The Beginning of Life/Art: Cloth Weaves Our Times, from Aomori

April 11 (Sat) - June 21 (Sun), 2020

We are always wrapped in cloth from the time when we give our first cry until the time we die. Cloth protects us physically and mentally and it also represents who we are. In various locations on the globe, different kinds of cloth have been made and used, according to the climates and cultures of the places. In order to make cloth, we tear up animals and plants to use their skins or take out their fibers to spin, weave, and knit. We also cut cloth and sew it up to wear it. Destruction and regeneration happen repeatedly around cloth. The French thinker Georges Bataille once talked about how we humans attained humanity by making wall paintings in the caves; the Earth’s ‘fissures’, in the prehistoric age and how art originated through play by denying the value of labor(*1).

In Aomori, the northern tip of the Honshu island, we have rich and unique cultures, which originated because of the severe winters here. Including Sakiori, Sashiko and Kogin-zashi, and BORO as far as cloth making goes. They reflect people’s lives in rural villages. Making them must have provided people with the joy of doing handwork and being creative with colors and patterns within limits they had as well as challenges against the normative consciousness such as morals connected to gender. I do not mean to lightly refer to those objects as art by no means, but it is true that they teach us the joy of making them and wearing them and tell us many stories.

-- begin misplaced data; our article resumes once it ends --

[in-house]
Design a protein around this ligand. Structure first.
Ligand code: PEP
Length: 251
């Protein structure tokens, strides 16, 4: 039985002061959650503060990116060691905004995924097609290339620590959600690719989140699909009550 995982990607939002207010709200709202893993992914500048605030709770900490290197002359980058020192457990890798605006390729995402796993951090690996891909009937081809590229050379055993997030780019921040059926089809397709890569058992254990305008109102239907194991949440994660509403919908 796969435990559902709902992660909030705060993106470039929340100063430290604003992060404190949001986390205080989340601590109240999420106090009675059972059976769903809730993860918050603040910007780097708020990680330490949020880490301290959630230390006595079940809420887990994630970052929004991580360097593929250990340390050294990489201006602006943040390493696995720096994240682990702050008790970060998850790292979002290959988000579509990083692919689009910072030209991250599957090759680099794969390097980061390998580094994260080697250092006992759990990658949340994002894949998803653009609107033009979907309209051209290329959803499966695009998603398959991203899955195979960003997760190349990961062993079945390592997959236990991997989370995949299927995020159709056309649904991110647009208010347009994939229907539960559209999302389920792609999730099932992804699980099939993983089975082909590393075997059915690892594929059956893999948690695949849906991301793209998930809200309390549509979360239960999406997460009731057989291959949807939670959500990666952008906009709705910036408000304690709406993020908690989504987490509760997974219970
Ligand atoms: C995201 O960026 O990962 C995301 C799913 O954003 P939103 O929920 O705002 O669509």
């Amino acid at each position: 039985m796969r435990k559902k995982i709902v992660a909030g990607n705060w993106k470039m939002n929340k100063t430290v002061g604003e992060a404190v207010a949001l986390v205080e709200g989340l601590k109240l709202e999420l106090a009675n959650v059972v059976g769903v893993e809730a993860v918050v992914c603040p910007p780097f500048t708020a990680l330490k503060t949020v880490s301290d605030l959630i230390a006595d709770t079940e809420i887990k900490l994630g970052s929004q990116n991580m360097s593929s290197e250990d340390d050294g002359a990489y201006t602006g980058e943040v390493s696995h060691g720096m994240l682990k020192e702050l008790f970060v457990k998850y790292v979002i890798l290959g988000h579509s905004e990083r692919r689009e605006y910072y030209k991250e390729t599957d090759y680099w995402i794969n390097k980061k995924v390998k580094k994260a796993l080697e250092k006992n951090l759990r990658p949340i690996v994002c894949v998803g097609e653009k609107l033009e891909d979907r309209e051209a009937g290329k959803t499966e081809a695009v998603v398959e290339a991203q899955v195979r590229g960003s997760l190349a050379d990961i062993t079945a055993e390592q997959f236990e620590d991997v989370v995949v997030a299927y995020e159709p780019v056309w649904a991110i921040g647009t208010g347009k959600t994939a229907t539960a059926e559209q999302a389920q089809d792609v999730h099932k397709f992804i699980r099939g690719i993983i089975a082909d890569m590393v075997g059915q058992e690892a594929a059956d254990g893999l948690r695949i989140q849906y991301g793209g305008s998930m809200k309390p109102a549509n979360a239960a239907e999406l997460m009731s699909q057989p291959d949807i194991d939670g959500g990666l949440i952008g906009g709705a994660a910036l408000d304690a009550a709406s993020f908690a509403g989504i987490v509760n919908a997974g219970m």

In this exhibition, derived from “Aomori City Archives Exhibition", the series of exhibitions ACAC had been doing, we will invite three artists based in Asia, who have been doing contemporary art projects, using handcraft, craft, and techniques rooted in traditional cultures. They will exhibit new works inspired by craft objects used among ordinary people, archived in the collection of the Aomori-city Board of Education(*2) and installations using important cultural properties. Guessing from the ideas the artists have shared with me, their works will theme around topics such as female education before the wars, war and firework, connections between the native people of Taiwan and Japan and they will give us opportunities to think about the times our predecessors lived in, which is continuous to our own times.

Gaps are created in layers by the objects themselves, and the expressions born in the process of making those objects. I hope that this exhibition will provide opportunities for us to look into these gaps, go beyond pre-conditioned communities such as nations, races, and families, and connect with others, both who are alive now and who were alive in the past. Because we humans cannot live alone after all.

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*1 Bataille, Georges (1955), Prehistoric Painting: Lascaux or the Birth of Art

*2 The collection of Aomori City History and Ethnography Museum, Keiko-kan, has been transferred to Aomori City and the Cultural Porpoerties Devision of the Aomori City Board of Education. The museum was initially opened as Keiko-kan Foundation in 1977, was transferred to the Aomori City, and became a historical ethnological museum. Among others, Chuzaburo Tanaka acted as the museum director there. It was closed in 2006.

artists

USUI Yui

Artist. Born in Tokyo in 1980 and lives in Saitama.